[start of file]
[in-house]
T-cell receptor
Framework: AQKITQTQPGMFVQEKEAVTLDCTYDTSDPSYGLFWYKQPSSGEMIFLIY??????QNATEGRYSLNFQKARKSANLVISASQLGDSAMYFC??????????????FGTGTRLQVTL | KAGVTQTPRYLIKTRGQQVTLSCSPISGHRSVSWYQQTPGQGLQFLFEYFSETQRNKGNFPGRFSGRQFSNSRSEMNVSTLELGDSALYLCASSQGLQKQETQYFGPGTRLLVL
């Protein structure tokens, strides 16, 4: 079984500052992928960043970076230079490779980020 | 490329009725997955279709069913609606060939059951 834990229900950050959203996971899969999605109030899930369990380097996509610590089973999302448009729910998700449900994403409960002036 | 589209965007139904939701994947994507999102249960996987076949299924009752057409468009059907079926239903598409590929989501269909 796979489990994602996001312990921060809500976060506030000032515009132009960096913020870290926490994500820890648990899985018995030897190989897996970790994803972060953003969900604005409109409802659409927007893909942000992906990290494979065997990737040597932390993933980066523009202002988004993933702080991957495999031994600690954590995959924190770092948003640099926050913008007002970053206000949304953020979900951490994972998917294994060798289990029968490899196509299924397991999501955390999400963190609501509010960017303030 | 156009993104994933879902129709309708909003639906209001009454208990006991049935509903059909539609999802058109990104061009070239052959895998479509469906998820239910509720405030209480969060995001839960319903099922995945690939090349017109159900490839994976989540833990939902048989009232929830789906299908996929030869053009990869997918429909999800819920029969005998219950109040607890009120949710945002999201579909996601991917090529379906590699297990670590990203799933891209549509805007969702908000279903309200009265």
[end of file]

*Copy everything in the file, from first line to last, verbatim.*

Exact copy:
[in-house]
T-cell receptor
Framework: AQKITQTQPGMFVQEKEAVTLDCTYDTSDPSYGLFWYKQPSSGEMIFLIY??????QNATEGRYSLNFQKARKSANLVISASQLGDSAMYFC??????????????FGTGTRLQVTL | KAGVTQTPRYLIKTRGQQVTLSCSPISGHRSVSWYQQTPGQGLQFLFEYFSETQRNKGNFPGRFSGRQFSNSRSEMNVSTLELGDSALYLCASSQGLQKQETQYFGPGTRLLVL
């Protein structure tokens, strides 16, 4: 079984500052992928960043970076230079490779980020 | 490329009725997955279709069913609606060939059951 834990229900950050959203996971899969999605109030899930369990380097996509610590089973999302448009729910998700449900994403409960002036 | 589209965007139904939701994947994507999102249960996987076949299924009752057409468009059907079926239903598409590929989501269909 796979489990994602996001312990921060809500976060506030000032515009132009960096913020870290926490994500820890648990899985018995030897190989897996970790994803972060953003969900604005409109409802659409927007893909942000992906990290494979065997990737040597932390993933980066523009202002988004993933702080991957495999031994600690954590995959924190770092948003640099926050913008007002970053206000949304953020979900951490994972998917294994060798289990029968490899196509299924397991999501955390999400963190609501509010960017303030 | 156009993104994933879902129709309708909003639906209001009454208990006991049935509903059909539609999802058109990104061009070239052959895998479509469906998820239910509720405030209480969060995001839960319903099922995945690939090349017109159900490839994976989540833990939902048989009232929830789906299908996929030869053009990869997918429909999800819920029969005998219950109040607890009120949710945002999201579909996601991917090529379906590699297990670590990203799933891209549509805007969702908000279903309200009265």